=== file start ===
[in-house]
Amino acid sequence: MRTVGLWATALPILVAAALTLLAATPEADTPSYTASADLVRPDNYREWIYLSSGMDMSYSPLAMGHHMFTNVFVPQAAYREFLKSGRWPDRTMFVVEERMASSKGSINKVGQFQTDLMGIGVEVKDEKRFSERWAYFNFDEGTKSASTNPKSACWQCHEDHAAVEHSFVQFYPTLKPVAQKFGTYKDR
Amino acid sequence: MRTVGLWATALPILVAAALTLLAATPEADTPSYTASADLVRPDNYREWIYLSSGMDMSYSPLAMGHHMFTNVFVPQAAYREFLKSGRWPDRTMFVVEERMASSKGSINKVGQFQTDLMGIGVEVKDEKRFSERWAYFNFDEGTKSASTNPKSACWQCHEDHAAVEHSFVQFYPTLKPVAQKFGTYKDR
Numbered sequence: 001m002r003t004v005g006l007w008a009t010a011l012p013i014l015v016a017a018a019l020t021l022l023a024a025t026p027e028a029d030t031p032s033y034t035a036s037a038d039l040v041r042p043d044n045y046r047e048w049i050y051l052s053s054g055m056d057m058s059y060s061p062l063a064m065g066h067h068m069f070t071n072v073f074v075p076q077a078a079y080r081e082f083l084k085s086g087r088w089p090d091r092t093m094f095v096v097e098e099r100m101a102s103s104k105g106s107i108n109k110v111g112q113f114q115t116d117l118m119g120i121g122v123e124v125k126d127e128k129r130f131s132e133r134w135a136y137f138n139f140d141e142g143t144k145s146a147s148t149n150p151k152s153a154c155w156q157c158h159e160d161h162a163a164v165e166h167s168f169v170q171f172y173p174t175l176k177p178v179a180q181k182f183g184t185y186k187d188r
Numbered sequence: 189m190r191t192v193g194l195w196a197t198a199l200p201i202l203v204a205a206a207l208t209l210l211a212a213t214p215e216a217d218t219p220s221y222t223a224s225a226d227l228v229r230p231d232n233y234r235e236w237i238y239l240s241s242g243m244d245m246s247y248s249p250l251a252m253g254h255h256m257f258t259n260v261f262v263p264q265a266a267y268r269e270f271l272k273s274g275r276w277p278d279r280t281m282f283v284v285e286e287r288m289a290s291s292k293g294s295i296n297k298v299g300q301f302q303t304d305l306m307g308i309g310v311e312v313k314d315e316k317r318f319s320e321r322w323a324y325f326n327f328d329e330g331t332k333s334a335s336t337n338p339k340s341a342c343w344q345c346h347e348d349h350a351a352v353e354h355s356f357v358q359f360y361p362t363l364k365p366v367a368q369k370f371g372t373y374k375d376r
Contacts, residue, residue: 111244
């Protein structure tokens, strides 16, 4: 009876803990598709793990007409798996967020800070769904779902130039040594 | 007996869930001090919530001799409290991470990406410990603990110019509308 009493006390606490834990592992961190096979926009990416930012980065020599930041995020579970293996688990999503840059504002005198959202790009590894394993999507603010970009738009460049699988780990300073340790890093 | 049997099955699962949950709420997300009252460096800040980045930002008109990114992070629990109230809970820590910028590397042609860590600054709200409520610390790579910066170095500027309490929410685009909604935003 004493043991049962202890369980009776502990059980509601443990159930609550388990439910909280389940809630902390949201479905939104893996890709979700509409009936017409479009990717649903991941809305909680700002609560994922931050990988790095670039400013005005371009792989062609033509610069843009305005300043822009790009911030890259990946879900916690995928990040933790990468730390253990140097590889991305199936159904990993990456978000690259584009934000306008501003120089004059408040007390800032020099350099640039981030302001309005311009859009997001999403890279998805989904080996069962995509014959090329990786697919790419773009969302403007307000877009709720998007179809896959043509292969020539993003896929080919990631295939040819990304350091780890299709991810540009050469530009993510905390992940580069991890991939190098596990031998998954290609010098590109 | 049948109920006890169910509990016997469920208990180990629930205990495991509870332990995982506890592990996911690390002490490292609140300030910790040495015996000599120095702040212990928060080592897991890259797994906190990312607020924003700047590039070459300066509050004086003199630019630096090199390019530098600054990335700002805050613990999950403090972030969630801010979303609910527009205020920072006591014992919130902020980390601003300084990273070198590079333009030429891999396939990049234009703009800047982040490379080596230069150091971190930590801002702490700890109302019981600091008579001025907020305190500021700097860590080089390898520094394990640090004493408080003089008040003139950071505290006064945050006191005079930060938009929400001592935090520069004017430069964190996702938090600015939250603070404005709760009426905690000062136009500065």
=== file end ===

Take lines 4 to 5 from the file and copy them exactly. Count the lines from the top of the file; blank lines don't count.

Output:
Numbered sequence: 001m002r003t004v005g006l007w008a009t010a011l012p013i014l015v016a017a018a019l020t021l022l023a024a025t026p027e028a029d030t031p032s033y034t035a036s037a038d039l040v041r042p043d044n045y046r047e048w049i050y051l052s053s054g055m056d057m058s059y060s061p062l063a064m065g066h067h068m069f070t071n072v073f074v075p076q077a078a079y080r081e082f083l084k085s086g087r088w089p090d091r092t093m094f095v096v097e098e099r100m101a102s103s104k105g106s107i108n109k110v111g112q113f114q115t116d117l118m119g120i121g122v123e124v125k126d127e128k129r130f131s132e133r134w135a136y137f138n139f140d141e142g143t144k145s146a147s148t149n150p151k152s153a154c155w156q157c158h159e160d161h162a163a164v165e166h167s168f169v170q171f172y173p174t175l176k177p178v179a180q181k182f183g184t185y186k187d188r
Numbered sequence: 189m190r191t192v193g194l195w196a197t198a199l200p201i202l203v204a205a206a207l208t209l210l211a212a213t214p215e216a217d218t219p220s221y222t223a224s225a226d227l228v229r230p231d232n233y234r235e236w237i238y239l240s241s242g243m244d245m246s247y248s249p250l251a252m253g254h255h256m257f258t259n260v261f262v263p264q265a266a267y268r269e270f271l272k273s274g275r276w277p278d279r280t281m282f283v284v285e286e287r288m289a290s291s292k293g294s295i296n297k298v299g300q301f302q303t304d305l306m307g308i309g310v311e312v313k314d315e316k317r318f319s320e321r322w323a324y325f326n327f328d329e330g331t332k333s334a335s336t337n338p339k340s341a342c343w344q345c346h347e348d349h350a351a352v353e354h355s356f357v358q359f360y361p362t363l364k365p366v367a368q369k370f371g372t373y374k375d376r